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**Don't try this puzzle**

It looks childish, but this puzzle is sadistically difficult. Saying that 95% of people can't solve this is like saying 95% of people can't jump over a skyscraper.

Here is the simplest solution:

apple = 154476802108746166441951315019919837485664325669565431700026634898253202035277999

banana =

36875131794129999827197811565225474825492979968971970996283137471637224634055579

pineapple =

4373612677928697257861252602371390152816537558161613618621437993378423467772036

You need a serious course on number theory to learn how to solve this. So it's easier than jumping over a skyscraper: you can learn to do it. But without some education, it's pretty much impossible.

The trick is to transform the equation into an

**elliptic curve**. An elliptic curve is a kind of curve whose points form a group. That means if you find one point on the curve, you can find more. So if you can find

*one*solution of this puzzle, you can find more.

Umm, but then you still need to find a solution! Luckily there's a small solution where the variables are integers that

*aren't*positive:

apple = 4

banana = -1

pineapple = 11

From this you can turn the crank and get more solutions, but they get bigger and bigger, and the first one where all three variables are positive is the one I showed you.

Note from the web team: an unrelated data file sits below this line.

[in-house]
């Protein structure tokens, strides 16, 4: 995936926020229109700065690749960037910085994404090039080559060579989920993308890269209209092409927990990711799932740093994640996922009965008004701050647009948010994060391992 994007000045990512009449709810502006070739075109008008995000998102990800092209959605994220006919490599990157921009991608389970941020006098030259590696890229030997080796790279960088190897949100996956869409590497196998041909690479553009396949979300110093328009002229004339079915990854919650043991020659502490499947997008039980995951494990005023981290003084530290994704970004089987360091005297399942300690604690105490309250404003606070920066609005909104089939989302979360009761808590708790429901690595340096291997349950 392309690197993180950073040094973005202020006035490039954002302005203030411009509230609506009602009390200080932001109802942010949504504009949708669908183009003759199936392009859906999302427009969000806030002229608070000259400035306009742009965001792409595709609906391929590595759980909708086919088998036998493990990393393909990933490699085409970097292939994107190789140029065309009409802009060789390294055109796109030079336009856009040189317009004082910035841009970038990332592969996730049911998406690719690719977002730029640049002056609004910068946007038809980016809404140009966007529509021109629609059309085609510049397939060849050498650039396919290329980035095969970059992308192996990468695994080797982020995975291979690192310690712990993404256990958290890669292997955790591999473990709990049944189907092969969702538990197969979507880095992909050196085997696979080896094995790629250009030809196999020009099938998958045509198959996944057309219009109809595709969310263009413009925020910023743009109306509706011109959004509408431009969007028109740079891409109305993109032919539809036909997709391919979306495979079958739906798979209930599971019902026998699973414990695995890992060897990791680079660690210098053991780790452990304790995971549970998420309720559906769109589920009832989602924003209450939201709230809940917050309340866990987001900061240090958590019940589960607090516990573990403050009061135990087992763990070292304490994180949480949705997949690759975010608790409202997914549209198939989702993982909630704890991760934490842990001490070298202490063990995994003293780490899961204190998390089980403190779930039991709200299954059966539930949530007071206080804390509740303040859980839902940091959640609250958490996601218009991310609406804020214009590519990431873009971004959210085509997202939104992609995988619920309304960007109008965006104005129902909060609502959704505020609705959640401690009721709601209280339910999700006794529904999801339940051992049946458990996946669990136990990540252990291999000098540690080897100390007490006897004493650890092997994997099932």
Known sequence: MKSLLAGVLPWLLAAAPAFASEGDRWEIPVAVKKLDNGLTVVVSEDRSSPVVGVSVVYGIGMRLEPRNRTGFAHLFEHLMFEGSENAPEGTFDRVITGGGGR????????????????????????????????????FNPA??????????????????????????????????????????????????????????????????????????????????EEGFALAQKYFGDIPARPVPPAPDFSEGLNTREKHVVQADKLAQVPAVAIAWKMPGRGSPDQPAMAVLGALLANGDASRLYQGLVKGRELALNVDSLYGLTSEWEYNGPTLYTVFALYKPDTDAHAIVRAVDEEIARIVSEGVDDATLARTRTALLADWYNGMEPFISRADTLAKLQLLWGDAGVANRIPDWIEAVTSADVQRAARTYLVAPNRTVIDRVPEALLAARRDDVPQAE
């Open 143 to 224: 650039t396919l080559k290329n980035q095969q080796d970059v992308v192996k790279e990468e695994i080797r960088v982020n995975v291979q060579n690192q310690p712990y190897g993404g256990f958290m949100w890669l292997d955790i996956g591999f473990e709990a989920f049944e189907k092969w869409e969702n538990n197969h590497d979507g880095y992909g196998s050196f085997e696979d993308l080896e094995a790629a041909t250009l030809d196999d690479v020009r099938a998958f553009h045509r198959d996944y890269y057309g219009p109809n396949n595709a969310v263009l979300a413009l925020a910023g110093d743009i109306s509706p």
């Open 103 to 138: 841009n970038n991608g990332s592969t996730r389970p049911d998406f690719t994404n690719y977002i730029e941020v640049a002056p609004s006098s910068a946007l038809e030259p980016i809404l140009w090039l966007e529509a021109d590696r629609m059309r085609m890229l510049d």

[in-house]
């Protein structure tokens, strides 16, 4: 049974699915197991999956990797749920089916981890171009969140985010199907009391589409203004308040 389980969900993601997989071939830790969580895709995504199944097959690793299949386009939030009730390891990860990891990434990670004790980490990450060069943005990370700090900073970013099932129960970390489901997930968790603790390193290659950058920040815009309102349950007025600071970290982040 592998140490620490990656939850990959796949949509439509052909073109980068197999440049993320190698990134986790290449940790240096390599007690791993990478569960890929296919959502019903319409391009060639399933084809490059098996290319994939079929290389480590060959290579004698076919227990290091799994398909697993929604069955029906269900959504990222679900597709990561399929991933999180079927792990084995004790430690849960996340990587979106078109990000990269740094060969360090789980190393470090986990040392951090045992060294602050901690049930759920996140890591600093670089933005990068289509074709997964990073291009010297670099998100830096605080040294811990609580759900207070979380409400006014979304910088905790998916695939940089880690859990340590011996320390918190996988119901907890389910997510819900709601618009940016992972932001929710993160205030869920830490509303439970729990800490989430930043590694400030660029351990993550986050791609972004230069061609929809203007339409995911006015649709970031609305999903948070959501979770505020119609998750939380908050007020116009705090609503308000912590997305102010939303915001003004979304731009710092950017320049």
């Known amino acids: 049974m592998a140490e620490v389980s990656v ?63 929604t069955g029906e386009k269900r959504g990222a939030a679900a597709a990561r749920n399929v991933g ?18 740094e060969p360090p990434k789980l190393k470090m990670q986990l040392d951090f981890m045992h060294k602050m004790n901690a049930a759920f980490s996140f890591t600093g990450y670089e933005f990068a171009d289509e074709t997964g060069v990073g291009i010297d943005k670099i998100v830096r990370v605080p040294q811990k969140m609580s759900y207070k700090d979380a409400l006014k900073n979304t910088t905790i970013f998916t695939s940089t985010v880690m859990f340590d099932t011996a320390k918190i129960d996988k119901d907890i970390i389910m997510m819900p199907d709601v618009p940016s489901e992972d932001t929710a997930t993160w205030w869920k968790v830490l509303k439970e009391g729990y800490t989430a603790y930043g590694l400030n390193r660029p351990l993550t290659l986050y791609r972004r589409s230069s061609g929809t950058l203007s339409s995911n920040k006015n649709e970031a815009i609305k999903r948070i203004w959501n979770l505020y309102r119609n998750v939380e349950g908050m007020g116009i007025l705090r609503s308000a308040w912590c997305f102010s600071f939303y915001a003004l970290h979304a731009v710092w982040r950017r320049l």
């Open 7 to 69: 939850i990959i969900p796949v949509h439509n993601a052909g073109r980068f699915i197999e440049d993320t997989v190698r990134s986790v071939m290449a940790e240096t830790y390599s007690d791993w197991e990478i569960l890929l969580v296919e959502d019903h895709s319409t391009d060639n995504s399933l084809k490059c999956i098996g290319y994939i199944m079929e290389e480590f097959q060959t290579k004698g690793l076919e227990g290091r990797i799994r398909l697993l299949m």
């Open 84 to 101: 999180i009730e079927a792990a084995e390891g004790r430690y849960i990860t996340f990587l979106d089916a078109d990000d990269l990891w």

I got all this from a wonderful Quora post by Alon Amit:

https://www.quora.com/How-do-you-find-the-integer-solutions-to-frac-x-y+z-+-frac-y-z+x-+-frac-z-x+y-4/answer/Alon-Amit

but I heard about

*that*from +David Eppstein, here on G+. So: add David Eppstein to your list of cool people you follow on G+!

The post by Alon Amit is worth reading, because he leads you through the number theory without getting too technical (leaving out lots of juicy details that you'd get in a course on elliptic curves), and he gives some examples of similar problems that are

*much harder*- if you don't know the trick.

#bigness

View 39 previous comments

- +John Baez see the page titled "A Divisor Relation on Abelian Varieties" in this pdf: msri.org - www.msri.org/attachments/workshops/301/HtSurveyMSRIJan06.pdf

It's stated for abelian varieties, which of course includes elliptic curves. So the height of mP grows quadratically for fixed P and m=1,2,3,...

We can take the divisor D to be the point at infinity=identity for the elliptic curve.6w - +David Roberts - nice! Unfortunately that quadratic growth holds asymptotically, so we only know that
*eventually*the height of nX (using our earlier notation) will become big and nX must be a more complicated solution than 9X.

If we had a more precise estimate, we'd get an explicit bound on "eventually".

That would reduce the proof that 9X is the simplest solution to a finite search.6w - +John Baez if one uses "canonical" height, rather than naive height, one gets quadratic growth on the nose, but canonical height is defined as a limit as well, so the connection to numbers of digits or mere size of solutions is not clear.6w
- +David Roberts - so, for now we may have to live with the possibility that some kid will come up with a simpler answer to this puzzle. :-)6w
- Chris McLelland writes:
~~----------------------------------------------~~

The physicist in me proposes the following solution:

Strawberry: 35

Banana: 132

Pineapple: 627

...because 4.000000095 is approximately 4.0.

Or even better:

Strawberry: 688

Banana: 1599

Pineapple: 8600

Result: 4.00000000018

:-)6w - assume b=1, c=1 and find solution for f(a)=4 ?

this gives us a quadratic equation a*a-7a-4=0

then a = (7+ sqrt(65))/2 lol6w - 6w

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